A silver lining for emerging musicians in Asia during the pandemic is that with international stars unable to tour, they’ve had the spotlight all to themselves. Artists and industry insiders consider how 2020 redefined music in the region
Last December, Marina Bay Sands in Singapore sold out the entire run of 500 tickets for Back to Live, a concert featuring up-and-coming local musicians. It was the country’s first large-scale live entertainment event since the beginning of the pandemic, though by then “large” was a relative term, given requirements for social distancing. The Sands Theatre normally has a capacity of 2,500.
“We worked with the Singapore Tourism Board and the Ministry of Health to figure out how to stage live entertainment in a way that’s safe, based on health restrictions,” says Adam Wilkes, president and CEO of AEG Live Asia, which produced the event with Collective Minds, an agency that has organised tours for the likes of American jazz musician Kamasi Washington and rapper Anderson Paak around Asia.
It was a rare opportunity for local artists who, due to travel restrictions, had the chance to be more than just opening acts for bigger international stars. For once, they became the headliners and took centre stage. As Singaporean pop singer Benjamin Kheng wrote on Instagram, “This moment was kinda amazing.” Fellow performers Charlie Lim and Aisyah Aziz debuted their collaborative bilingual track, Won’t You Come Around, which features lyrics in both English and Malay. Lim posted, “Thank you for making us feel alive again ... here’s to better times ahead.”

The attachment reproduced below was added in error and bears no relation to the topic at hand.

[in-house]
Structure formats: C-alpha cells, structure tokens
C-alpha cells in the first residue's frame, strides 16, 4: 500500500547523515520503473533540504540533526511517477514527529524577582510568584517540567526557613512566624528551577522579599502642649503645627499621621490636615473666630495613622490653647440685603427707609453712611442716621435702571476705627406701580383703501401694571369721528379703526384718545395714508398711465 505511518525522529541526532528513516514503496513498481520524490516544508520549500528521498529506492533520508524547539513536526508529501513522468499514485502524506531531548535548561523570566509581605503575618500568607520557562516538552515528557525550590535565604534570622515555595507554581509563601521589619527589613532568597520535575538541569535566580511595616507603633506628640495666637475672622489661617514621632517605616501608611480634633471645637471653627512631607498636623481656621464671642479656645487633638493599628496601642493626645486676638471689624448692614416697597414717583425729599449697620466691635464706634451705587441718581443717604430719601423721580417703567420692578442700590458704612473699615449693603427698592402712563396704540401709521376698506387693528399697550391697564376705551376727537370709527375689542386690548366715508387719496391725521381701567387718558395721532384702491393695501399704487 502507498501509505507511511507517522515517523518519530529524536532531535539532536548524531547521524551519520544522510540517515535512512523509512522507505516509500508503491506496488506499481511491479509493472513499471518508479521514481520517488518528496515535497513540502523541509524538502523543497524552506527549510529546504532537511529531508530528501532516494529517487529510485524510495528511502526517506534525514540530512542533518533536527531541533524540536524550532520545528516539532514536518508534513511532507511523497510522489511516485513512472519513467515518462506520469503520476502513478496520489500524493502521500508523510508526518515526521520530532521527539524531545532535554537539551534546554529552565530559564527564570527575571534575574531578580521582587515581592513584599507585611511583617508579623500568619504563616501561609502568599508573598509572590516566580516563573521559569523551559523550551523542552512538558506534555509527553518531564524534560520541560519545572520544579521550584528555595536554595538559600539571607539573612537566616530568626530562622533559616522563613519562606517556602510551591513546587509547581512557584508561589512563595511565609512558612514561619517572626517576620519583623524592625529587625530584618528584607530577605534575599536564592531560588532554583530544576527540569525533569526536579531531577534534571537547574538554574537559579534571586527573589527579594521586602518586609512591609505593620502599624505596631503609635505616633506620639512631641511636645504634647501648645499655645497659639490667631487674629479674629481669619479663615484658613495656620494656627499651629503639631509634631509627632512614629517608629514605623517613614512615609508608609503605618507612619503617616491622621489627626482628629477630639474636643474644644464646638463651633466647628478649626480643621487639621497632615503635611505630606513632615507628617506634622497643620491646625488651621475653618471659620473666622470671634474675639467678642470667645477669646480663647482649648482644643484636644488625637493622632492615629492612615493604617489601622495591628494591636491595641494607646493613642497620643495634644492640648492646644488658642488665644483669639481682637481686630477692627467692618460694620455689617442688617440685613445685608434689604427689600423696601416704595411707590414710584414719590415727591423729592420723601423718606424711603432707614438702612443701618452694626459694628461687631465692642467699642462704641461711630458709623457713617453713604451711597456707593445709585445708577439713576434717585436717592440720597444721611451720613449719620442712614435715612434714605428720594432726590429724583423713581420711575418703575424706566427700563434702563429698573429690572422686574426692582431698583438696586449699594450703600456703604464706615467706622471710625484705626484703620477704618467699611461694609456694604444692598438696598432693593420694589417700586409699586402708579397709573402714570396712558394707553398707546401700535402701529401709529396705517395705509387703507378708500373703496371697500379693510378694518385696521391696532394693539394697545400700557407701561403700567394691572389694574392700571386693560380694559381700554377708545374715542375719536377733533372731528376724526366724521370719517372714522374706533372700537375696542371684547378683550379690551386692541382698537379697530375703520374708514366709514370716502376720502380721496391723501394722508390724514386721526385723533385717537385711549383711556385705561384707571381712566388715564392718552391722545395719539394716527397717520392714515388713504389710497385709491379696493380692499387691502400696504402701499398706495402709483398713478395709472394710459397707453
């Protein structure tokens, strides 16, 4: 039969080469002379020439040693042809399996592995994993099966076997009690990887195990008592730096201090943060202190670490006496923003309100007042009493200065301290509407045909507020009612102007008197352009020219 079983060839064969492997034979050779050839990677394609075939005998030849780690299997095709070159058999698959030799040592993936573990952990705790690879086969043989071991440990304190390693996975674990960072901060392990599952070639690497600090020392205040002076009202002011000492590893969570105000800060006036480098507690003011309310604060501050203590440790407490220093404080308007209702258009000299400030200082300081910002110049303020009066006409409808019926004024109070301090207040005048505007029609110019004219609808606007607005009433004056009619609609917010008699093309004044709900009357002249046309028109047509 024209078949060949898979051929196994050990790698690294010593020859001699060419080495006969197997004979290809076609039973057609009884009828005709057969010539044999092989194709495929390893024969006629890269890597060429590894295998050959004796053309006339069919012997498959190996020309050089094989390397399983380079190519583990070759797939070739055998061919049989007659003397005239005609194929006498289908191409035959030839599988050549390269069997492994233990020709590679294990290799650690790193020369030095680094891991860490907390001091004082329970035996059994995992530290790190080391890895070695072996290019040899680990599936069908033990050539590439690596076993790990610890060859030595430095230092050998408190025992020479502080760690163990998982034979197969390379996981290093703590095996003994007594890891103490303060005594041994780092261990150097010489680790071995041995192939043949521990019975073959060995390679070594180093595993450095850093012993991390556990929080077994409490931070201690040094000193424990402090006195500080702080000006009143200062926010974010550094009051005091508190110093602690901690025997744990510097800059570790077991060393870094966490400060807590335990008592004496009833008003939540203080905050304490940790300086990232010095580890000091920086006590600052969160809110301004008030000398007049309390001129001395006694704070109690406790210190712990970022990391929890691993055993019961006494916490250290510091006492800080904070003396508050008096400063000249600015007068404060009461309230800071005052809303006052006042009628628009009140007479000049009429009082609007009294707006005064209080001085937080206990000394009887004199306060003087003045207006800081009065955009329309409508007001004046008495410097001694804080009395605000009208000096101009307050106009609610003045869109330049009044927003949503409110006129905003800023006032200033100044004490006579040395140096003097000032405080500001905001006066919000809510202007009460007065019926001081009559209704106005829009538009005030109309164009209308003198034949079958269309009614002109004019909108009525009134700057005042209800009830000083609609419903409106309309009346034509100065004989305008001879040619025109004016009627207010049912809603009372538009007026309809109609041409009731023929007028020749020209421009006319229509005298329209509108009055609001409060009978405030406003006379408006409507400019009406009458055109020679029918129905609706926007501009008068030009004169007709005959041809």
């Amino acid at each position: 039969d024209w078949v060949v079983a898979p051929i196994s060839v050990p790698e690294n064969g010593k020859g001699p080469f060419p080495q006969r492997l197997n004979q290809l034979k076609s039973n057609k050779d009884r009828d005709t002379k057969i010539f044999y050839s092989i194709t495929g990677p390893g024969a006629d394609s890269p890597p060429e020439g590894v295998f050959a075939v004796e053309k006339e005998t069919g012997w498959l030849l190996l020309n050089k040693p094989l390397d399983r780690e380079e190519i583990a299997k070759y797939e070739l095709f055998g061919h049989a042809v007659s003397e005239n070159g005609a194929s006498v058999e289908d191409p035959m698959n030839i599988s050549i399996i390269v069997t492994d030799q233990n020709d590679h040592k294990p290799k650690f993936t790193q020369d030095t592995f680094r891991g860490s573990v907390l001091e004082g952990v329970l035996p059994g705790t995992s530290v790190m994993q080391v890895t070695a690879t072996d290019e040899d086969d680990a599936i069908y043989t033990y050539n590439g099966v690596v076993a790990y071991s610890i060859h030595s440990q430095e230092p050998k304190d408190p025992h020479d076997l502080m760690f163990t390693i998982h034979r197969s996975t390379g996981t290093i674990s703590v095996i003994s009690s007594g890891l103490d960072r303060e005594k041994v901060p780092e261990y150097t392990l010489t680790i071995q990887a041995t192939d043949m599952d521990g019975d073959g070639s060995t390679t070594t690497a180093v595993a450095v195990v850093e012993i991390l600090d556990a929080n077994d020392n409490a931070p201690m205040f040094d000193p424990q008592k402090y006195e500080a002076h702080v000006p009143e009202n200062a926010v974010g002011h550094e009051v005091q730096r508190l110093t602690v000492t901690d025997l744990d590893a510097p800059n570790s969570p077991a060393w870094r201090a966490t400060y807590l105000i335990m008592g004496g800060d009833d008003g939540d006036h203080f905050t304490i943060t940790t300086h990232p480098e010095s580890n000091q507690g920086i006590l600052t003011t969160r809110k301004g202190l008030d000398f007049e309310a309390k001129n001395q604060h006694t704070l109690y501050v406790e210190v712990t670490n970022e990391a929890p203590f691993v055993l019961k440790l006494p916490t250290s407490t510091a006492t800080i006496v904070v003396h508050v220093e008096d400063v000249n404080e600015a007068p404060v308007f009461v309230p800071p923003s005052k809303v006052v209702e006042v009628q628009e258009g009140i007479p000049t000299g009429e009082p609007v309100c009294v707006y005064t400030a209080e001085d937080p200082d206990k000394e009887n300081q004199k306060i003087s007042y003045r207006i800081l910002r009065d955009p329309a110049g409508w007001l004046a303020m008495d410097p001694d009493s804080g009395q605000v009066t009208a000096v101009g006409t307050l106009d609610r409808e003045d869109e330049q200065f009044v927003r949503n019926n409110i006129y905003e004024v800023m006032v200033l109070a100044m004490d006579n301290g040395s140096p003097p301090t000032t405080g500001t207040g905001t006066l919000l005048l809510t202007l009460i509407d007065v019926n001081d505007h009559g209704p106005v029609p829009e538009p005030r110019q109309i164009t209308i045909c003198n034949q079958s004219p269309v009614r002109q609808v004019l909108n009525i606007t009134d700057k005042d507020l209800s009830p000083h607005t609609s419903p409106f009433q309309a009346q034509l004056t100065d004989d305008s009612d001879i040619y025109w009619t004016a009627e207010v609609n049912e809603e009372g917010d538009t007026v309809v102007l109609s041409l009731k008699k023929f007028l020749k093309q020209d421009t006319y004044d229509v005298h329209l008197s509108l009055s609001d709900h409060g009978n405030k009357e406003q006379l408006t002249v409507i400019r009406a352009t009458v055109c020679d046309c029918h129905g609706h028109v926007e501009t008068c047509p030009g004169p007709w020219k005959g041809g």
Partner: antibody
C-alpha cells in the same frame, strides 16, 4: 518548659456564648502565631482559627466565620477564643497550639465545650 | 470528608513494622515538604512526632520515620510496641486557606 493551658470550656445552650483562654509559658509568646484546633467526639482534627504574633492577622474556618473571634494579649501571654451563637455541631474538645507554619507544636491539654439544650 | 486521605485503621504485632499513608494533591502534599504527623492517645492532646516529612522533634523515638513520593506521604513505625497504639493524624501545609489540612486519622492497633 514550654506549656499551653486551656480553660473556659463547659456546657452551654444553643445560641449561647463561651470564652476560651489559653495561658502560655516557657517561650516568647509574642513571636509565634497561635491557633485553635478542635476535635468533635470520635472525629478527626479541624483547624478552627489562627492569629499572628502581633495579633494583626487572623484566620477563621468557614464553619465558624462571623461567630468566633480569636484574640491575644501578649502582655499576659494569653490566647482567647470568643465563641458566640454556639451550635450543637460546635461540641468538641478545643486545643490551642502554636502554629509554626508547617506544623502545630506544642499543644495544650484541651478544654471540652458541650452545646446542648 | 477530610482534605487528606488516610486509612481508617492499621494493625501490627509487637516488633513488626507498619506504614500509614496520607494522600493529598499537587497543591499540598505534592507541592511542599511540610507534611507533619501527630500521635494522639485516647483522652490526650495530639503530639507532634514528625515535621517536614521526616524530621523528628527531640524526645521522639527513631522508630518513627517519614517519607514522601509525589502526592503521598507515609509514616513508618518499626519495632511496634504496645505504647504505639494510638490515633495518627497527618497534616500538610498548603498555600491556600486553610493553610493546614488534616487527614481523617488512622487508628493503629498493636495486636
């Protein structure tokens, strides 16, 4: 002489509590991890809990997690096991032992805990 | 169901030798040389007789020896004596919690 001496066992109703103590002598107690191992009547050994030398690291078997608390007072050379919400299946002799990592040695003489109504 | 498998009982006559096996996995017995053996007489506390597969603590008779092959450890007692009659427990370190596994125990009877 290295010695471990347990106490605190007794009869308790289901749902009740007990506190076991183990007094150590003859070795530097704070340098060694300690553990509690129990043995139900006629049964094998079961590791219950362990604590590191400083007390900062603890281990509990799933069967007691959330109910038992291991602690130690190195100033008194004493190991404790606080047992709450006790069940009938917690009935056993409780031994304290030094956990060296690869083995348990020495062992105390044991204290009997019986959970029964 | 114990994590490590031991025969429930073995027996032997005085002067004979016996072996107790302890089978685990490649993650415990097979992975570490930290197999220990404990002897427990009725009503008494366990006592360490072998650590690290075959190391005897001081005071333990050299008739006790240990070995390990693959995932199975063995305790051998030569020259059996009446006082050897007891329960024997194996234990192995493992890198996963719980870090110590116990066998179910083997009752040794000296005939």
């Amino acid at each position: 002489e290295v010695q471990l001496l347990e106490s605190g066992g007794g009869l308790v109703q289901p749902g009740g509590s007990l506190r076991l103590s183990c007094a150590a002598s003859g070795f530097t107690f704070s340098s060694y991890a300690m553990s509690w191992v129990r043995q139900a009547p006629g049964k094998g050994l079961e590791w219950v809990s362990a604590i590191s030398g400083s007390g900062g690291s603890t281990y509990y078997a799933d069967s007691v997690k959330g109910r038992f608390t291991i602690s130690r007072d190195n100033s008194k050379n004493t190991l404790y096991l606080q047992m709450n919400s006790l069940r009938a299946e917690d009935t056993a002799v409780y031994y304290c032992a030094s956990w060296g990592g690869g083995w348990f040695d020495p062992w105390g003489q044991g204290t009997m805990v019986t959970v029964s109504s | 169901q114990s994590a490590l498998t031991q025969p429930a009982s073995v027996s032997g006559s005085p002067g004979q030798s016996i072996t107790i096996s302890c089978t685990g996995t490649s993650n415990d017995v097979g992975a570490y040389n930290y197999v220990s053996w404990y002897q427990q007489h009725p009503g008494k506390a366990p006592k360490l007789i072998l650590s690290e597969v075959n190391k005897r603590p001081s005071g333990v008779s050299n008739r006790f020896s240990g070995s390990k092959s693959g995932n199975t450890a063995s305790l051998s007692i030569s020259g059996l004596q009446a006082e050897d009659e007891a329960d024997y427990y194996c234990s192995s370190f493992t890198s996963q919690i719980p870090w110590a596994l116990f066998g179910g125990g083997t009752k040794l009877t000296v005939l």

“This past year has been a reminder that, even as so many experiences become virtual and available on demand, live music is irreplaceable,” says Wilkes. “It brings people together. You can’t replicate the experience of being with your community.”
Musicians in Asia have been able to connect with local fans in a more meaningful way than ever before. Many used social media to become community cheerleaders, collaborating with other local artists and encouraging fans to support small businesses. Better still, they’ve actually had the time to sit down and make music.
“The Asian music scene is growing exponentially,” says Zaran Vachha, founder of Collective Minds. “The artists are able to have an output of music they haven’t had before. Obviously you have larger international acts like Rich Brian [from Indonesia], but the more homegrown scene has been vibrant, and more people are looking to Asia for inspiration rather than the other way around.”
Here, we look at artists, promoters and producers on the rise in Asia’s music scene.